Translator’s note: For many years several European countries have observed “Trisomy 21 Day” on March 21 to raise awareness about the genetic condition also called Down Syndrome. Several months ago the United Nations instituted a “World Day of Trisomy 21”. The following article is translated from the website of the Jerome Lejeune Foundation in Paris, which has pioneered research into and treatment of the mental deficiency associated with trisomy 21.
[poster text] “Trisomic… And then? 5-year-old Marie has a future!”
TREATING TRISOMY 21: TIME FOR CLINICAL TRIALS
In observance of March 21, World Down Syndrome Day, which was just recently recognized by the U.N., the Jérôme Lejeune Foundation is preparing a report on the latest significant advances in therapeutic research on mental deficiencies of genetic origin. Fifty years after the prestigious Kennedy Prize was awarded to Professor Jérôme Lejeune in 1962, the remarkable progress made in recent years confirms that it will be possible to treat trisomy 21. Since it was created, the Jérôme Lejeune Foundation has played a decisive role on the international scene, making France a leader in the field of research on trisomy 21.
International Trisomy 21 Day recognized by the U.N.: Wednesday, March 21, 2012
On November 10, 2011, the United Nations declared March 21 “World Down Syndrome Day”. The purpose of this day is to inform the public and to raise awareness about trisomy 21. The date “3/21” is highly symbolic, referring directly to the 3 copies of chromosome 21 that is the cause of the syndrome and of the mental deficiency of patients with trisomy 21.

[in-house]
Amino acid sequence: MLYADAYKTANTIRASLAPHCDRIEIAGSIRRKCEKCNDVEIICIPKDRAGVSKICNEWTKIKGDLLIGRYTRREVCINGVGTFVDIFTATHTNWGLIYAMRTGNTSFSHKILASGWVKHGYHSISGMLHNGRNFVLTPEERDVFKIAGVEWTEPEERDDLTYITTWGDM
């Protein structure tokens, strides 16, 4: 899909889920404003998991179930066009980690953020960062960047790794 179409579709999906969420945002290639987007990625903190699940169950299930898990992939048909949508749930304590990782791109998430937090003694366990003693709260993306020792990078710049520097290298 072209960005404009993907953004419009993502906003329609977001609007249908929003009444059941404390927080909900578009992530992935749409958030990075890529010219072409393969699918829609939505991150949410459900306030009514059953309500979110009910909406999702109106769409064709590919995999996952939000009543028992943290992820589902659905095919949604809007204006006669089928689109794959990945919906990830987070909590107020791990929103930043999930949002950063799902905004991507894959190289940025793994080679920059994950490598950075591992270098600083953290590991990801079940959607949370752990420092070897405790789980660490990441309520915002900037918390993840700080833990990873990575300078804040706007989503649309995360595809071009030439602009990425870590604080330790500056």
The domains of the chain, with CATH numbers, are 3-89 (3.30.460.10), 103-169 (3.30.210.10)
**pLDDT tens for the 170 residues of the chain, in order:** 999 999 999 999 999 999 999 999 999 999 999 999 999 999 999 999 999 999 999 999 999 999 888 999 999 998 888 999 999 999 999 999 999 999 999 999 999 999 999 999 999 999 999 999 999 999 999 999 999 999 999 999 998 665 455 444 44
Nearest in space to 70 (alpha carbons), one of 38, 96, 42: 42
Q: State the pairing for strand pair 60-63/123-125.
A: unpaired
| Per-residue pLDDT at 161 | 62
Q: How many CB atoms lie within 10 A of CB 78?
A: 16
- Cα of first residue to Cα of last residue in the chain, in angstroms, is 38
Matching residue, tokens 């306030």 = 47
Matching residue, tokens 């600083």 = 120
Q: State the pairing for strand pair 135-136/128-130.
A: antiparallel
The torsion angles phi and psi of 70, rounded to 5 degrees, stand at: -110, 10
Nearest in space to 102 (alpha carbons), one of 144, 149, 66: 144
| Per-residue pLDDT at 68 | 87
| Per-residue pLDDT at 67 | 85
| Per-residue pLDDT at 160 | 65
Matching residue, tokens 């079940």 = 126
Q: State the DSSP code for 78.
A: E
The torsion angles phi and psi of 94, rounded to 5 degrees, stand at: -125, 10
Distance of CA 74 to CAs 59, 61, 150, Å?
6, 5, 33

Giant steps forward in therapeutic research: the era of clinical trials
Several scientific research teams in different countries of the world work on trisomy 21 with the financial support of the Jérôme Lejeune Foundation. For the first time, clinical trials on trisomic patients have been launched. Today there are five of them, as compared with only one last year. What seemed unthinkable ten years ago has become possible today, and the promising results that have been observed suggest that treatments could be discovered within a decade. The therapeutic objective is to develop preventive care or treatments that would improve and then normalize the mental functions of the patients. Not long ago a new era began, the phase of therapeutic research. Research teams working in parallel continue to explore the greatest possible number of avenues for potential treatments and are now conducting clinical trials on a larger scale.
This year Professor Mara Dierssen is launching the second phase of her clinical trial on a larger sampling of patients in Barcelona. This Spanish researcher was the winner of the 2010 International Sisley-Jérôme Lejeune Prize; the 2011 award went to a great American neurologist, William Mobley, who originated the clinical trials currently being conducted by the Swiss laboratory ROCHE. These two researchers had also participated in the International Jérôme Lejeune Days in April 2011, a scientific congress attended by 200 experts and interdisciplinary researchers, which was quite successful.
In 2012 an affiliate of the Jérôme Lejeune Foundation will be established in the United States. This transatlantic project will allow the Foundation to follow more closely several very effective and innovative research teams.
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